The Ministry of Natural Resources and the Environment (MNRE) today met with its stakeholders to discuss the first draft of its Strategic Plan which will be used as a guide for the management of the agencies that fall under the purview of the ministry. The consultation intends to add value to the strategy, thereby making it home grown.
The development of the plan is being supported by the United Nations Development Programme (UNDP) and the consultancy responsible for its development is Strategic Environmental Advice (SEA).
Some of the priorities outlined in the draft plan include effective institutional framework and legislation, holistic and integrated planning, sustainable resources use and monitoring and cross cutting issues.
Minister of Natural Resources and the Environment, Robert Persaud emphasised that the objective of the consultation was to have varying views from different perspectives, as the document is looked at in its current form and how it can be bettered to ensure that it truly represents the views and aspirations of Guyanese.
“This document we do hope, once completed, would enjoy the buy-in of stakeholders in the political sphere, civil society…the ordinary man and woman wherever they live and whatever activity they are engaged in… that they will see the relevance of the strategy in moving our country’s development forward,” he said.
Minister Persaud explained that over the years a more compartmentalised approach has been taken in terms of the management of the natural resources and environment sector. “What we are hoping to do with the creation of the MNRE is to bring about a level of harmonisation, cohesion and better coordination and everyone would certainly be welcoming to this whole notion that we need to move away from the compartmentalised approach,” Minister Persaud stressed.
This is one of the primary objectives of the Ministry, and the strategy is also intended to accelerate emphasis in that area, he added.
Minister Persaud noted that Guyana has a set of legal and institutional frameworks that date back to the 1800s. In this regard, it is hoped and expected from the strategy, that the legislative framework will be reviewed so as to determine where there are overlaps and where adjustments can be had, thereby making it more relevant to today.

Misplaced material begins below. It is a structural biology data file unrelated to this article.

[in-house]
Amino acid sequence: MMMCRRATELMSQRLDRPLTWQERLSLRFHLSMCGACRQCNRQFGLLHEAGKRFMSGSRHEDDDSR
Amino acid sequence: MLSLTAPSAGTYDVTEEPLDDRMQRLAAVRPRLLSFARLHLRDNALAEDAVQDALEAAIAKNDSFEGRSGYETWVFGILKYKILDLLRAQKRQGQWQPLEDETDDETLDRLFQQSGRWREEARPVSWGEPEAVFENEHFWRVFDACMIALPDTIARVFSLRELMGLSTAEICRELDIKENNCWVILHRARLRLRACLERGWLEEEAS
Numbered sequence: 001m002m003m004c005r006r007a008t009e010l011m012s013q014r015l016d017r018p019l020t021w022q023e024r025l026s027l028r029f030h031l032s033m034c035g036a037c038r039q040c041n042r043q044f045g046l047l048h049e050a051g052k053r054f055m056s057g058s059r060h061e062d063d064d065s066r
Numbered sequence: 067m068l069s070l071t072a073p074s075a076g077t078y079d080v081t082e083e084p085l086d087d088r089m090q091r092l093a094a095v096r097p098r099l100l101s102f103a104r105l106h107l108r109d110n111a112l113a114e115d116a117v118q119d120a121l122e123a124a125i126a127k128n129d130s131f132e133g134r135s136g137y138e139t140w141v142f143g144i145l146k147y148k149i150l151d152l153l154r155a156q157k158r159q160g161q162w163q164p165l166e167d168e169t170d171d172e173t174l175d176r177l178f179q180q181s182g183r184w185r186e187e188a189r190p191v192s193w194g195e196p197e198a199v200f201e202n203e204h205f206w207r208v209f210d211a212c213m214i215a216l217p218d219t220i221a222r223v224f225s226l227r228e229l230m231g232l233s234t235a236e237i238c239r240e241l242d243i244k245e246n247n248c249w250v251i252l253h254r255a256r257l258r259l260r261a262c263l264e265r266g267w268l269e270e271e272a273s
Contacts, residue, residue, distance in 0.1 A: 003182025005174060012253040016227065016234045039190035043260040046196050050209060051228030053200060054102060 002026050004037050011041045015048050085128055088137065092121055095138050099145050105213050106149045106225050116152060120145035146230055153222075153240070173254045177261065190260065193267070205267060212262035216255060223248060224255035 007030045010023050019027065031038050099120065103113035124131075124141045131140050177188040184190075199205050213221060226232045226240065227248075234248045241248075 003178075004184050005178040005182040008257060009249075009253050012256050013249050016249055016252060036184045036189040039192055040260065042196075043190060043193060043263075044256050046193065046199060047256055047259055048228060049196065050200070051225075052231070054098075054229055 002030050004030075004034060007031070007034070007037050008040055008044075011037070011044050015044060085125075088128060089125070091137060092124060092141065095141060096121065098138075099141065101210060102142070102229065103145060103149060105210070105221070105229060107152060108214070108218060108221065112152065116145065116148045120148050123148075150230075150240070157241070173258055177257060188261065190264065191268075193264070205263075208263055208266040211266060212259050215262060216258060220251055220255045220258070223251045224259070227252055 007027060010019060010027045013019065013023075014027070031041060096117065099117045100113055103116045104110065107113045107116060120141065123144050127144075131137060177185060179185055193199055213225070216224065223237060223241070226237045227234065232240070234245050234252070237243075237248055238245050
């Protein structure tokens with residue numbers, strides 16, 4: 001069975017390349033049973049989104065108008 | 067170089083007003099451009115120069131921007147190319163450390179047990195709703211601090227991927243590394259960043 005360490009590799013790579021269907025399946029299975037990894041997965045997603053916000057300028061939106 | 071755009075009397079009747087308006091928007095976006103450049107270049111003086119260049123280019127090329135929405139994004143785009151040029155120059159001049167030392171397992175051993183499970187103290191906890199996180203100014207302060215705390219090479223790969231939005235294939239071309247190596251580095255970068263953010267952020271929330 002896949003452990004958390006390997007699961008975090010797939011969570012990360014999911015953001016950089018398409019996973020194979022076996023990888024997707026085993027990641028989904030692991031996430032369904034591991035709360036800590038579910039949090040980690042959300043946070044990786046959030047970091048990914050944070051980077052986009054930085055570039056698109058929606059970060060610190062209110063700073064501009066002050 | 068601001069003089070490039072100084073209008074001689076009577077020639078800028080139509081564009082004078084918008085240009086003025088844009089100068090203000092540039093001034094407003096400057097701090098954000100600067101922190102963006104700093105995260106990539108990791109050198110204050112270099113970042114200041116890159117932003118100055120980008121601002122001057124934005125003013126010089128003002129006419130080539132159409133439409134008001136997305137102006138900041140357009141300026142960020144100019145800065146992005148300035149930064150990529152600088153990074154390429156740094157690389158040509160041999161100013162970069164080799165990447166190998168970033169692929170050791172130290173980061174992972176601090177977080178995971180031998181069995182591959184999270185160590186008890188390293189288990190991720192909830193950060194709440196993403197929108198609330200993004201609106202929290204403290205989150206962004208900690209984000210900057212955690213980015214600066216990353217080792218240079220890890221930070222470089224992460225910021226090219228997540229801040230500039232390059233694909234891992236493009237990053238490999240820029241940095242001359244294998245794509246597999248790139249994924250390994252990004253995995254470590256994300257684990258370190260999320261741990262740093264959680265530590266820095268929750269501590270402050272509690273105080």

The management and utilisation of Guyana’s resources are also key elements. “We have always used the word sustainable and for me it’s becoming a bit archaic now, and I think we need to migrate from sustainable to smart use of our natural resources so that we can bring maximum benefits not only for today, but also for future generations,” Minister Persaud highlighted. It is hoped that the strategy will lead the Ministry down that pathway.
The Minister also emphasised the need for better monitoring and compliance particularly since that is an area that has been lacking. In this regard, there is need for the regulatory agencies to make sure there is a level of compliance, enforcement and monitoring that meets national standards, satisfy the legislation and also ensures that Guyana meets the international benchmarks.
In recognition of the commitment shown by the UNDP, Minister Persaud expressed appreciation for the pace with which they responded, jump-starting the process of developing the strategic plan.
Deputy Resident Representative- UNDP, Chisa Mikami in her presentation recognised that the efforts of the staff of the MNRE, UNDP and the consultants enabled the work to be done in half the time.
She stated that succeeding without a plan is possible however; the lack of a strategy plan has the danger of negatively impacting on the attitude of an organisation’s employees since they see it as an organisation without purpose.
While the preparation of a plan can be time consuming and strenuous, Mikami stressed the importance for organisations to have one because it is the means by which they can grow and be high performing, create their own future, provide a framework and a focus for improvement and efforts, optimise operational systems, provide guidance for day to day decisions, provide learning opportunities for leaders and means for assessing progress.
In this regard the draft plan provides the framework for consideration as the new ministry charts its future in terms of the programmes and services it offers while the views/suggestions brought forward in the consultation will form the basis for determining the priority areas.